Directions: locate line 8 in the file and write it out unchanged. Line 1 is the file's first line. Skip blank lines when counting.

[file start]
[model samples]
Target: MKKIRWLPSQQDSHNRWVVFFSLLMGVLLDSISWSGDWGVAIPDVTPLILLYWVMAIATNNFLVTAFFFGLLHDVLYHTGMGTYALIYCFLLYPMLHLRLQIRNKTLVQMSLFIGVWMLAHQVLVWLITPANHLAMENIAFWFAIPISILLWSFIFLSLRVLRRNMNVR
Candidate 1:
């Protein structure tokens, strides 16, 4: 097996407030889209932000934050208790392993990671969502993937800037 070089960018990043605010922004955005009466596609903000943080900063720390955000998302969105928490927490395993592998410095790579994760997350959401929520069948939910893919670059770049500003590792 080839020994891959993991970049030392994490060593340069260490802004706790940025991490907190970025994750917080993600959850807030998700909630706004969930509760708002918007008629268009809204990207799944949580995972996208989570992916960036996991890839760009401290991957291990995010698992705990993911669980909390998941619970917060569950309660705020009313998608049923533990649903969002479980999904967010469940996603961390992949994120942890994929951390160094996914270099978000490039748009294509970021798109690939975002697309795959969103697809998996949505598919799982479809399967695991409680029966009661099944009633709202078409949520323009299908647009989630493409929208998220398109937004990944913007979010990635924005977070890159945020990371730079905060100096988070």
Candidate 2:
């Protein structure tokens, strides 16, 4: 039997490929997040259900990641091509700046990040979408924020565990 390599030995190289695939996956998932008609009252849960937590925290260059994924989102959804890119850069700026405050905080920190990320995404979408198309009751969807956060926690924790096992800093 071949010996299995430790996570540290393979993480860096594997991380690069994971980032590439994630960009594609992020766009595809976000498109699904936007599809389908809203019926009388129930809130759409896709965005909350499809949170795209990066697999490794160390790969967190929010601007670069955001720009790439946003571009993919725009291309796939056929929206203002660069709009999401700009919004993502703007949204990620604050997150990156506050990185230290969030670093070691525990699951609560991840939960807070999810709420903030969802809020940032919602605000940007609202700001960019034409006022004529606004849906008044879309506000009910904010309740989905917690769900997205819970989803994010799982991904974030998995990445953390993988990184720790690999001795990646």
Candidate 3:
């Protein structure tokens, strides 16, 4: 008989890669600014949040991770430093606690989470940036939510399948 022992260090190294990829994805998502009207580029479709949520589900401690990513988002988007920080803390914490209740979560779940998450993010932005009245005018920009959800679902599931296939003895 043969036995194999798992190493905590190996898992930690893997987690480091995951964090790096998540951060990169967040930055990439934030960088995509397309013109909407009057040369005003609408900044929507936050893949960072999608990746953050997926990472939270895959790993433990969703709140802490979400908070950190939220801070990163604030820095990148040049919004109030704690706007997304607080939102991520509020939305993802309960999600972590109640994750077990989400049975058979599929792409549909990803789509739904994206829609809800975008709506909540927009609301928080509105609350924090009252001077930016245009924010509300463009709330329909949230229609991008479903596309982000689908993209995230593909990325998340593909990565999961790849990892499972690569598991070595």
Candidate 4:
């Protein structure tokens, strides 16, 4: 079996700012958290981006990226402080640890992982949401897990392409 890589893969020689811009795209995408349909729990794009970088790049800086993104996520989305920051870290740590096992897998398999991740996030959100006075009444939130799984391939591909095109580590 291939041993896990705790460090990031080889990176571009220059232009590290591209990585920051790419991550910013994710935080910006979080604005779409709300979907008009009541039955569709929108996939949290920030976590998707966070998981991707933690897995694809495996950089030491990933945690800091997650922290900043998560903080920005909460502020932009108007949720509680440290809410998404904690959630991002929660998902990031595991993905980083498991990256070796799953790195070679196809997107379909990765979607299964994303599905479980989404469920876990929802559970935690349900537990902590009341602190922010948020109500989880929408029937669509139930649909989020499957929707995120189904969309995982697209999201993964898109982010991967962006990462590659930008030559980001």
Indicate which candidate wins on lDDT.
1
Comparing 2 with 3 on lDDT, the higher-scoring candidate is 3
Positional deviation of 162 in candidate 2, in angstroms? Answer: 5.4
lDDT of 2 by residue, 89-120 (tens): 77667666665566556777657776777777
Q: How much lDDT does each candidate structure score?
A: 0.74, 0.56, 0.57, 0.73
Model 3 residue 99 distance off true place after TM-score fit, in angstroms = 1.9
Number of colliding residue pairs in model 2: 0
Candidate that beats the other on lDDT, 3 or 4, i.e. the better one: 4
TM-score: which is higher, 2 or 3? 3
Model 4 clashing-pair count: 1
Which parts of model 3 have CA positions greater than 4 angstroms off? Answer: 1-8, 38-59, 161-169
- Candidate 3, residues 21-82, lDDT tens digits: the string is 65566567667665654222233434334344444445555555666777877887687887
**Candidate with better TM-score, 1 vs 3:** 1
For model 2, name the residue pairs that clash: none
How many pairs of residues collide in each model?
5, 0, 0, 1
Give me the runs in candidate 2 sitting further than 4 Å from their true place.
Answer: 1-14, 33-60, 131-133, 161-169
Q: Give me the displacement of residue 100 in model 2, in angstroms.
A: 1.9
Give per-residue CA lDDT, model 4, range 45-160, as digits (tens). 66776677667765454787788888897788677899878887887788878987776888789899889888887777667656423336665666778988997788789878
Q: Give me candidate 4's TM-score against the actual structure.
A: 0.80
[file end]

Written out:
């Protein structure tokens, strides 16, 4: 008989890669600014949040991770430093606690989470940036939510399948 022992260090190294990829994805998502009207580029479709949520589900401690990513988002988007920080803390914490209740979560779940998450993010932005009245005018920009959800679902599931296939003895 043969036995194999798992190493905590190996898992930690893997987690480091995951964090790096998540951060990169967040930055990439934030960088995509397309013109909407009057040369005003609408900044929507936050893949960072999608990746953050997926990472939270895959790993433990969703709140802490979400908070950190939220801070990163604030820095990148040049919004109030704690706007997304607080939102991520509020939305993802309960999600972590109640994750077990989400049975058979599929792409549909990803789509739904994206829609809800975008709506909540927009609301928080509105609350924090009252001077930016245009924010509300463009709330329909949230229609991008479903596309982000689908993209995230593909990325998340593909990565999961790849990892499972690569598991070595």